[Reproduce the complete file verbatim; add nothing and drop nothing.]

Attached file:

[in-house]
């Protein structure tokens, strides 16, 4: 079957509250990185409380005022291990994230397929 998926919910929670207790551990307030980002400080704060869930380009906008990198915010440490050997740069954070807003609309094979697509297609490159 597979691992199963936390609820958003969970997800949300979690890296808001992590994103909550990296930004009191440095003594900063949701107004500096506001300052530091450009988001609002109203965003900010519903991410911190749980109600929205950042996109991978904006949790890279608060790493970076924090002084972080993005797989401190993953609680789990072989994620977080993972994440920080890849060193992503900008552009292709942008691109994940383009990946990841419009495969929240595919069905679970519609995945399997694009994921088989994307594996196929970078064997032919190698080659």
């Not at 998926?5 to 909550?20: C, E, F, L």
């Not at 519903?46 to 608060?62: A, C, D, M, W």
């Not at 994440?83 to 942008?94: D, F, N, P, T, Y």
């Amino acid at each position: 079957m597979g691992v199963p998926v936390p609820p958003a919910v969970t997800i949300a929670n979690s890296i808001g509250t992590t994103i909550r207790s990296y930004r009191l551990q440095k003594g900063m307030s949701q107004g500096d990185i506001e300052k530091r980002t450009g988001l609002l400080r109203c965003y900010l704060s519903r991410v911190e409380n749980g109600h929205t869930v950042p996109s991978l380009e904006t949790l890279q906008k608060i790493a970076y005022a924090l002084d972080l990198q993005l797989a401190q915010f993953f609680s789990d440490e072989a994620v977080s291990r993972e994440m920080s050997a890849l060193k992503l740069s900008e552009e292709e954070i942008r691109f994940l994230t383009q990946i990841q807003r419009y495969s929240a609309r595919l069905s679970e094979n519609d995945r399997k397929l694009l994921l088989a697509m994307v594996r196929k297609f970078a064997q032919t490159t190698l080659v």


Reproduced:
[in-house]
């Protein structure tokens, strides 16, 4: 079957509250990185409380005022291990994230397929 998926919910929670207790551990307030980002400080704060869930380009906008990198915010440490050997740069954070807003609309094979697509297609490159 597979691992199963936390609820958003969970997800949300979690890296808001992590994103909550990296930004009191440095003594900063949701107004500096506001300052530091450009988001609002109203965003900010519903991410911190749980109600929205950042996109991978904006949790890279608060790493970076924090002084972080993005797989401190993953609680789990072989994620977080993972994440920080890849060193992503900008552009292709942008691109994940383009990946990841419009495969929240595919069905679970519609995945399997694009994921088989994307594996196929970078064997032919190698080659």
């Not at 998926?5 to 909550?20: C, E, F, L």
């Not at 519903?46 to 608060?62: A, C, D, M, W």
């Not at 994440?83 to 942008?94: D, F, N, P, T, Y």
């Amino acid at each position: 079957m597979g691992v199963p998926v936390p609820p958003a919910v969970t997800i949300a929670n979690s890296i808001g509250t992590t994103i909550r207790s990296y930004r009191l551990q440095k003594g900063m307030s949701q107004g500096d990185i506001e300052k530091r980002t450009g988001l609002l400080r109203c965003y900010l704060s519903r991410v911190e409380n749980g109600h929205t869930v950042p996109s991978l380009e904006t949790l890279q906008k608060i790493a970076y005022a924090l002084d972080l990198q993005l797989a401190q915010f993953f609680s789990d440490e072989a994620v977080s291990r993972e994440m920080s050997a890849l060193k992503l740069s900008e552009e292709e954070i942008r691109f994940l994230t383009q990946i990841q807003r419009y495969s929240a609309r595919l069905s679970e094979n519609d995945r399997k397929l694009l994921l088989a697509m994307v594996r196929k297609f970078a064997q032919t490159t190698l080659v």